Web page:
Subscribe to Here’s the Deal, our politics
newsletter for analysis you won’t find anywhere else.
Thank you. Please check your inbox to confirm.
Laurie Kellman, Associated Press
Laurie Kellman, Associated Press
WASHINGTON (AP) — Deadlines? What deadlines?
For months, President Donald Trump and his allies have said the special counsel needs to wrap up his Russia investigation within 60 days of the midterm elections in November, citing a Justice Department policy.
READ MORE: The giant timeline of everything Russia, Trump and the investigations
But in fact, special counsel Robert Mueller faces no time limit on his investigation. He can continue the probe — and even issue new indictments — right up to Nov. 6 and beyond.
Here’s a look at what’s ahead, and what’s not, for the investigation:
Mueller faces no deadline, legal or otherwise, for finishing or releasing the findings of his probe. He can continue investigating, subpoenaing documents, interviewing witnesses past the Nov. 6 election.
The only thing that’s changed is that Labor Day kicked off high election season in the battle for control of the House and Senate. So any action by Mueller between now and the Nov. 6 voting risks being seen as an effort to affect the outcome. That’s why the Justice Department has issued guidelines designed to keep about the sensitivity of investigations in the run-up to elections.
President Donald Trump and his allies have said the special counsel needs to wrap up his Russia investigation within 60 days of the midterm elections in November, citing a Justice Department policy. REUTERS/Yuri Gripas
There is no policy that sets a 60-day pause in which the Justice Department is barred from investigating. Nor is there a cutoff date for an investigation to wrap up.
But Justice Department guidance issued over the past decade has been interpreted to mean that investigators, if possible, should avoid taking specific investigative actions — such as indicting candidates or raiding their office — in the run-up to an election.
“Law enforcement officers and prosecutors may never select the timing of investigative steps or criminal charges for the purpose of affecting any election, or for the purpose of giving an advantage or disadvantage to any candidate or political party,” one such memo from 2012 states.
But the policy does not impose a specific cut-off date for investigations before an election. It does not require prosecutors — as some Trump supporters, including lawyer Rudy Giuliani, have suggested — to put an investigation on hold in the period before voters head to the polls.
The Justice Department’s independent inspector general stated in a June report on the Hillary Clinton email investigation that former officials they interviewed did cite a so-called 60-day rule in which prosecutors avoid public disclosures of investigative steps against a candidate.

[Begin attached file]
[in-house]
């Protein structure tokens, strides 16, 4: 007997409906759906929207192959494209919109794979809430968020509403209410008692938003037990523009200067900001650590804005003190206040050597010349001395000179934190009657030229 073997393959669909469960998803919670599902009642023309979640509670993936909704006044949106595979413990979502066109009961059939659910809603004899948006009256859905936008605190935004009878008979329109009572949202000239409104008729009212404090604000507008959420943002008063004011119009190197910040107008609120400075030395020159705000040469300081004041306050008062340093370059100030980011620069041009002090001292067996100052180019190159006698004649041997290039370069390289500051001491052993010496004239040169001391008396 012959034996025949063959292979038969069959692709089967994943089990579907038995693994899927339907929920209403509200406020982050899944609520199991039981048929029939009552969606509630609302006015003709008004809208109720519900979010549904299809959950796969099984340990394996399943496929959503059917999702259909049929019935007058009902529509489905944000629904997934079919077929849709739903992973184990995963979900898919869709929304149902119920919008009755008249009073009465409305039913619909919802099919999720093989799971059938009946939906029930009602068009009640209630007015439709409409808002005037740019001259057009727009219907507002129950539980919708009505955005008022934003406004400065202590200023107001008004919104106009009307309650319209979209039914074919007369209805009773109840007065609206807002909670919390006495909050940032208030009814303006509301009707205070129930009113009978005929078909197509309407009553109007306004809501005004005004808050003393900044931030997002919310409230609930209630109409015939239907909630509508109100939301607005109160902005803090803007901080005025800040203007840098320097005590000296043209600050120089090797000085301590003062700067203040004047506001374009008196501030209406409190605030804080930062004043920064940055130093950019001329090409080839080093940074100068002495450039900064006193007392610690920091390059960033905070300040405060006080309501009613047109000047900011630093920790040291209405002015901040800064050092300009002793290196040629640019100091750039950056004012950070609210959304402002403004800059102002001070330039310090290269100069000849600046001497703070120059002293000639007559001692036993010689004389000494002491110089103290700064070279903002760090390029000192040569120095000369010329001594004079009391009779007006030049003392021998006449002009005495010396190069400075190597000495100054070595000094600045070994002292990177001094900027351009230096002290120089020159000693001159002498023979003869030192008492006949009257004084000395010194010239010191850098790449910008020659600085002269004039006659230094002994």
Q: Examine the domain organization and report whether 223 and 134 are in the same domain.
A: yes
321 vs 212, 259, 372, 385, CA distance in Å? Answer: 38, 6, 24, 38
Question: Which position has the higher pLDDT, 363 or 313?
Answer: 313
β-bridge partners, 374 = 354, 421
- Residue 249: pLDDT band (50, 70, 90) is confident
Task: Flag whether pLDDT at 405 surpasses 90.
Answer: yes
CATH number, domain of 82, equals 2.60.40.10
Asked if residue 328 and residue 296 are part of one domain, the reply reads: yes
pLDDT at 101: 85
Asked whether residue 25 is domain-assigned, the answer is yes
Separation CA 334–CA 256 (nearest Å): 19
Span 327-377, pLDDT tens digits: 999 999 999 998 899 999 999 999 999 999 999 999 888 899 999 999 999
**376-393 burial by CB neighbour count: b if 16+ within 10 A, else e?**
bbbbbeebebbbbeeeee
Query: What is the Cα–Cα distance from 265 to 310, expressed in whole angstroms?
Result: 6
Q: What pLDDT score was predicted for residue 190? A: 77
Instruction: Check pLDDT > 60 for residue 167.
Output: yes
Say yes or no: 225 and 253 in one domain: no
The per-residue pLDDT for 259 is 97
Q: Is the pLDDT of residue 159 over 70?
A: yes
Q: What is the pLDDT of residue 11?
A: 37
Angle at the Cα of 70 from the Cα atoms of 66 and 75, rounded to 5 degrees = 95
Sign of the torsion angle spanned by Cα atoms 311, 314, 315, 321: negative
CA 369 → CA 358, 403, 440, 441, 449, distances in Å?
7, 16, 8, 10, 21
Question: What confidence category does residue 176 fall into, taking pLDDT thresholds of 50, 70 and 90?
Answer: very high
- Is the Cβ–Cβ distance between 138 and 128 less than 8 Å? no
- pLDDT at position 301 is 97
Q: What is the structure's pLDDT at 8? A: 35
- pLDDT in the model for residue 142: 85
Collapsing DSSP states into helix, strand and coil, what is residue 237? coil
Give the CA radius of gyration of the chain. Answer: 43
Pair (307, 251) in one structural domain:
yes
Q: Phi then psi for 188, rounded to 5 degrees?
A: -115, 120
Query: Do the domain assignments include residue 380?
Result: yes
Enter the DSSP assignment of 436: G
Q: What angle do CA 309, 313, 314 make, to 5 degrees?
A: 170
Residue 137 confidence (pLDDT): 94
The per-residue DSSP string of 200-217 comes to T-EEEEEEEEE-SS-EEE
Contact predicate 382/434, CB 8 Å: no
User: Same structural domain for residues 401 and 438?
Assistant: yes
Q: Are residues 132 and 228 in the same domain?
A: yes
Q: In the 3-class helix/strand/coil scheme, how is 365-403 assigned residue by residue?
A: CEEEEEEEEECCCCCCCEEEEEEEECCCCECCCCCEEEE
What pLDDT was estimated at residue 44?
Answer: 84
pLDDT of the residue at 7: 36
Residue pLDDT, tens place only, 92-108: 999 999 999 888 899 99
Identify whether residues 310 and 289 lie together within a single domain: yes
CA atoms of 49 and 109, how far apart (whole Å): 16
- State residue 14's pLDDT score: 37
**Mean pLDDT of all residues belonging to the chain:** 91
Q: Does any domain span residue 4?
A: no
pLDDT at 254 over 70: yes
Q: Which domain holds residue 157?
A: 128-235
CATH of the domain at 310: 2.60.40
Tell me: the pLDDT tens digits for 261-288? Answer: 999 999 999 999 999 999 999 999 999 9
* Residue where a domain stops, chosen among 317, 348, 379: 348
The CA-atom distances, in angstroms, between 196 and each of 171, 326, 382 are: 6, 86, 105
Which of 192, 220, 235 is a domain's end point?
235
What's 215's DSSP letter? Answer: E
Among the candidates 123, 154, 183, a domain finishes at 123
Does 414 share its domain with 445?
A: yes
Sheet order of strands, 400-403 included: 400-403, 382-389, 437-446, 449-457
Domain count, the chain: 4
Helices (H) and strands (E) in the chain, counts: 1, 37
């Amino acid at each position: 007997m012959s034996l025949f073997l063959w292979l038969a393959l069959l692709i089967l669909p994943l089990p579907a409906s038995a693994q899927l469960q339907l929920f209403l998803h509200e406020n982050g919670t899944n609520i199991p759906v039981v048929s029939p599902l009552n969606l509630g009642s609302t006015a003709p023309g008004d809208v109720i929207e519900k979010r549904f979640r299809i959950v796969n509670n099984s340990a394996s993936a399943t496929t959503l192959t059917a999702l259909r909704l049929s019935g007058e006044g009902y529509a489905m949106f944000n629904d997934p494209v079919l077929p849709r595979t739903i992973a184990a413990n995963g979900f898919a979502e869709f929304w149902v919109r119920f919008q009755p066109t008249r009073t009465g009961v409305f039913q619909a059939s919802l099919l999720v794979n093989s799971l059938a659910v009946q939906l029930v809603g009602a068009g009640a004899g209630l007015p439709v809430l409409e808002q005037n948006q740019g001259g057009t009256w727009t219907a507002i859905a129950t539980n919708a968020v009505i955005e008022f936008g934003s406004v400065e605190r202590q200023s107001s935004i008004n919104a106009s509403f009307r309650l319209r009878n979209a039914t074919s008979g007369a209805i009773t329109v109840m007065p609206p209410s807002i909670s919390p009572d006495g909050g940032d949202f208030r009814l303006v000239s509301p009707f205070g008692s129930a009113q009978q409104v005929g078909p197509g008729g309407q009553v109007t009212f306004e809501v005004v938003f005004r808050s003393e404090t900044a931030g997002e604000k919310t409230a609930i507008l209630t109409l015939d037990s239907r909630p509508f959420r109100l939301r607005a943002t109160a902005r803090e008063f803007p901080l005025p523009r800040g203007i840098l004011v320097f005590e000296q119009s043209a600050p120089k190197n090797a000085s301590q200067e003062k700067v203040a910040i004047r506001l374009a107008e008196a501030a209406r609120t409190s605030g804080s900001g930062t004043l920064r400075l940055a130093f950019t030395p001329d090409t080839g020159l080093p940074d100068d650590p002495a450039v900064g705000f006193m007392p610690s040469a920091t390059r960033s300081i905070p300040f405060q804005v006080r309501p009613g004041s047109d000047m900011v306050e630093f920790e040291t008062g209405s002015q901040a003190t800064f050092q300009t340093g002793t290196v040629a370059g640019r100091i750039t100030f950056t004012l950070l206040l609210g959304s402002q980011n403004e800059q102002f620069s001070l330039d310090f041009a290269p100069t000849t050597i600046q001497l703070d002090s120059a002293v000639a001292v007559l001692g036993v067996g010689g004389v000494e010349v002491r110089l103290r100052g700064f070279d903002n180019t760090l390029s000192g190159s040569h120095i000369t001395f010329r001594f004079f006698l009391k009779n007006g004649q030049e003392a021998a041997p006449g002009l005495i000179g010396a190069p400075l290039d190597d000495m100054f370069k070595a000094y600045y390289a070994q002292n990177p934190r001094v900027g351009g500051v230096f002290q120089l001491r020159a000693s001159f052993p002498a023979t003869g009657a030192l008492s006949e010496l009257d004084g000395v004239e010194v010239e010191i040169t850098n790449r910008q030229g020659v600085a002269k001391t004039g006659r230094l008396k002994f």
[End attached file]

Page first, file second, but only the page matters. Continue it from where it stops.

But, the report said, “the 60-Day Rule is not written or described in any department policy or regulation.”
“I look at it sort of differently than 60 days,” former Deputy Attorney General Sally Yates is quoted in the report as having said. “To me if it were 90 days off, and you think it has a significant chance of impacting an election, unless there’s a reason you need to take that action, now you don’t do it.”
Democrats blamed former FBI Director James Comey’s late disclosure of an investigation for costing Clinton the 2016 election. File photo by REUTERS/Jonathan Ernst.
These same issues surfaced within the FBI and Justice Department when agents, just weeks before the 2016 presidential election, discovered a new batch of Hillary Clinton emails that they considered relevant to their investigation into her use of a private email server.
Then-FBI Director James Comey decided to alert Congress to the emails just nine days before the election, saying he had a duty to update lawmakers after having previously told them that the FBI’s work was done.
He followed up two days before the election to say that nothing in the new email batch had changed the original conclusion. But many Democrats blamed Comey’s late disclosure for costing Clinton the election and said he shouldn’t have spoken out publicly so soon before the race — especially when the FBI didn’t even know what was in the email batch.
Mueller is only required by law to deliver a final report to Deputy Attorney General Rod Rosenstein, who has been in charge of the probe since Attorney General Jeff Sessions recused himself. Rosenstein could release the contents or withhold them.
The latest AP-NORC poll, conducted mid-August, found that approval of Trump’s handling of the Russia investigation mirrors his approval ratings overall: A third support the president’s actions, while 65 percent say they disapprove.
Some 70 percent of people surveyed in a recent PBS Newshour/NPR/Marist poll say they believe Russia interfered in the 2016 elections.
Other polling organizations have found a somewhat larger share of the public expressing approval of Mueller’s handling of the investigation. In August, a CNN poll found 47 percent approved. A sizeable share — 58 percent — said they think the efforts are a serious matter that should be fully investigated. At the same time, about two-thirds said Mueller should try to complete his investigation before the midterm elections — including majorities in both parties.
By all accounts, the man driving everything is a methodical and apolitical figure. He has not engaged with Trump or his allies, even as they mock the Russia probe as a “WITCH HUNT.” Trump has tweeted that and more, including his constant mantra on Twitter and elsewhere that there was “NO COLLUSION.”
Mueller’s team has repeatedly surprised Trump’s team with indictments, immunity pleas and testimony of those close to the president. White House Counsel Don McGahn spoke to Mueller’s team for dozens of hours, for example.
Associated Press Writers Eric Tucker and Hannah Fingerhut contributed to this report.
Support Provided By: